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The evolution of Grand Rapids hip-hop

a broad overview of the artists and places to see shows for GRR Hiphop
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4nzix of La Famiglia controls the mic at Billy's Lounge

4nzix of La Famiglia controls the mic at Billy's Lounge /nicolelarae

Let's be honest, you don't like rap.  It has been a tumultuous twenty-plus years since rap became more recognizable as an art form in the mainstream, including assassinations of artists, threats laid down in songs, misogynist content and videos, and general discomfort of the majority white population to appreciate the initially urban-only genre. The struggle to accept the music is, I think, best encapsulated in the debate over whether or not to call it “rap” or to call it “hip-hop".

That all said, it could be argued that Grand Rapids and its dozens of hip-hop artists offers a glance into the world of the emerging underground movement, where money is made on the edges and musical quality is better than ever. All of this is coalescing to provide a viable product for this city and region to work with for a more sustainable future for hip-hop in this community.  

Here is a quick guide to hip-hop in Grand Rapids:

Nixon, DJ Eminent, Curtis Manley or Manwolf, Mosaic (from Flint but strong ties here), Rick E. Rick, DJ Head Debiase, and Eastown J are all well-known producers of albums that have come out in the past few years, and all have their own followers with their ears to the street. Producers put the beats together and handle the details of how an album comes together, allowing the head-line performers putting out the verses to focus on lyrics and their own ideas of how beats could sound. These producers have played a large part in delivering the support for shows that sustain the listener base.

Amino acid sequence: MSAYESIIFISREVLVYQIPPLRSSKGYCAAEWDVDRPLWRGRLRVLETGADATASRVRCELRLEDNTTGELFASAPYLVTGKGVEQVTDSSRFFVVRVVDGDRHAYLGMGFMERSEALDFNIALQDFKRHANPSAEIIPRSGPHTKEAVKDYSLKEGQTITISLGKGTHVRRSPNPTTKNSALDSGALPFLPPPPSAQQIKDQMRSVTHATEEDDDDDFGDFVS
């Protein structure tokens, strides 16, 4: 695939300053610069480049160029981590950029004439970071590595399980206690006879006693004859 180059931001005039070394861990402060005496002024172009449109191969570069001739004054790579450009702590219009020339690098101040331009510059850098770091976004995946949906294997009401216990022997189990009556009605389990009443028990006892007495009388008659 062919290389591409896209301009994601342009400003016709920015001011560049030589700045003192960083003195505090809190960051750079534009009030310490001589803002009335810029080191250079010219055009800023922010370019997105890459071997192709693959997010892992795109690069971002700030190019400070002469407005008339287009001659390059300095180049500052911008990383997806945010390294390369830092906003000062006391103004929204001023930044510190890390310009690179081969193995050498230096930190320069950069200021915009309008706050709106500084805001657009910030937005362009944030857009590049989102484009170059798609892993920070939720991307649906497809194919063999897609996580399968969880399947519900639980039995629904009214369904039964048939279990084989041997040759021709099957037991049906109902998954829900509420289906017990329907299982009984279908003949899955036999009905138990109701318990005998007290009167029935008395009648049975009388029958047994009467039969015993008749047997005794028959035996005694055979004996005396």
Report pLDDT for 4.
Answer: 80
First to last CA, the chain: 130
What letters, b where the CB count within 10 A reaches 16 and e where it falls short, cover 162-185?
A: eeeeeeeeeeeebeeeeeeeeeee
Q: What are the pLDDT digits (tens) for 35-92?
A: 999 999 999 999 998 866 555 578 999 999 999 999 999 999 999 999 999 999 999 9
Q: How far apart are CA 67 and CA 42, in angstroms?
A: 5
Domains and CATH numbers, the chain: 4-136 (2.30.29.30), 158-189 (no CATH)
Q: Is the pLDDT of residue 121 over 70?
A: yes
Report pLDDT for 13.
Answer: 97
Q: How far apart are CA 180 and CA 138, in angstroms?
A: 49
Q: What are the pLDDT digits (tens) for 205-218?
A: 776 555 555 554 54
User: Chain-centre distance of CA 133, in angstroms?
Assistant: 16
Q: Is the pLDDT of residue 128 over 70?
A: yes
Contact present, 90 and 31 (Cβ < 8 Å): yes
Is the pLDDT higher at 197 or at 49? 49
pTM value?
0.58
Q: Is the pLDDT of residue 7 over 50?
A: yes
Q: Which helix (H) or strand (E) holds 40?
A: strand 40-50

Lyricists & MCs
Rick Chyme, Ed Nino, Tekh Togo, Mister Jimmy T, Steddy, and Suport, along with several other up-and-comers, sustain the performances of local hip-hop with their stage presence and inviting lyrics, with a wide-range of styles applied. MCs are best known in hip-hop for their larger-than-life images and are easily the most recognizable among the larger audiences that attend shows. They write and rap and, while adding in their own styles to production-quality, they generally rely on producers to help them tie it all together.

Convotronics, Gray Theory, AB and Coconut Brown, La Famiglia, and GrandSon (Dante Cope and TravWaylaa) are teams of hip-hopster partnerships who work together on everything: writing, producing, scheduling shows and engaging the listener base on social media to promote their offerings. Bands can sometimes be the best live performance as they often include instrumental inclusion instead of just beats from a DJ. Regardless of their approach or style at a given show, bands stick together and share the burdens and triumphs of being an underground artist.